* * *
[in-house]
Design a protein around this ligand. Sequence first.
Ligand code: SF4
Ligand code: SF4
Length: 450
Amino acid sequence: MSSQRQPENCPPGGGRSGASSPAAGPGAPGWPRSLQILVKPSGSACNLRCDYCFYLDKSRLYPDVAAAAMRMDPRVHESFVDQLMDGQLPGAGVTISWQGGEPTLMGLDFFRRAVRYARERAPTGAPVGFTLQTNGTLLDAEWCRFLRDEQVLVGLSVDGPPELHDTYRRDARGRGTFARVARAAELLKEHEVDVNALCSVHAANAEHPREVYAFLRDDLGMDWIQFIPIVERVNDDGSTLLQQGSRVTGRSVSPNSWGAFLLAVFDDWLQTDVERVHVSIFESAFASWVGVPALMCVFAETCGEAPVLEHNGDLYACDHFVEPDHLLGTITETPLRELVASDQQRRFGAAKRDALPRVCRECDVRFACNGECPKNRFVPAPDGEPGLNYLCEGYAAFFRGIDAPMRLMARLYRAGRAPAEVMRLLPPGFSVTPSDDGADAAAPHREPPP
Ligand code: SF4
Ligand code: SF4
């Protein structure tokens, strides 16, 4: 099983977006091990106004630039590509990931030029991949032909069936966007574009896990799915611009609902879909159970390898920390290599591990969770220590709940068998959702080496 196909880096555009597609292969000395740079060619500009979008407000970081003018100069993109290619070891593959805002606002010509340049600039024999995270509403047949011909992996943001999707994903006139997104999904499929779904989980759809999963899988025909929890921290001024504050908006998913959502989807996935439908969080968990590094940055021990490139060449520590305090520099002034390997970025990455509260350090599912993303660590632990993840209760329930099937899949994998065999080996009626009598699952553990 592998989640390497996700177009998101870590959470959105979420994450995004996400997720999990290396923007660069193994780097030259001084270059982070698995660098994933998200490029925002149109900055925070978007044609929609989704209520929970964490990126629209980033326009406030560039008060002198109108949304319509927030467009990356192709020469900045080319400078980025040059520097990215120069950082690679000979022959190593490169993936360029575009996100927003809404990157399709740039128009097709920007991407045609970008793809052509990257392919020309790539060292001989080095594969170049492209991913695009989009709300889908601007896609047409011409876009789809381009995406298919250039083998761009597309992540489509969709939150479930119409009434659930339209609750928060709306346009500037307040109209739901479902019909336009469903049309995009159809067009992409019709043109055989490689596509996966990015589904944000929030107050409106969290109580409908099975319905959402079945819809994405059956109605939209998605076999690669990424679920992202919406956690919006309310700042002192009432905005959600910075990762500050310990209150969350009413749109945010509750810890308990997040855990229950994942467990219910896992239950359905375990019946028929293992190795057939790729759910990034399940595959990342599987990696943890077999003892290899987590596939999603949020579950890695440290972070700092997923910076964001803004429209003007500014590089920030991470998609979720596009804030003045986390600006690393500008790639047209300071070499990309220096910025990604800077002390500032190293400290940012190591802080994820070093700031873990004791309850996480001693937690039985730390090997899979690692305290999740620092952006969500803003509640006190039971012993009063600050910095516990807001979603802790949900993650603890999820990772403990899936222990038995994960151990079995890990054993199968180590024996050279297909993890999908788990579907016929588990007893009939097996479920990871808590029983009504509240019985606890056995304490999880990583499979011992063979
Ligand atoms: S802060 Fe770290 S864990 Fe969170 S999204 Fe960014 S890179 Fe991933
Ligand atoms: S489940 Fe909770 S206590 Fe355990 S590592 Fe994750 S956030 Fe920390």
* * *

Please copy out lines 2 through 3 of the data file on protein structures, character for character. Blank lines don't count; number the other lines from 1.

Design a protein around this ligand. Sequence first.
Ligand code: SF4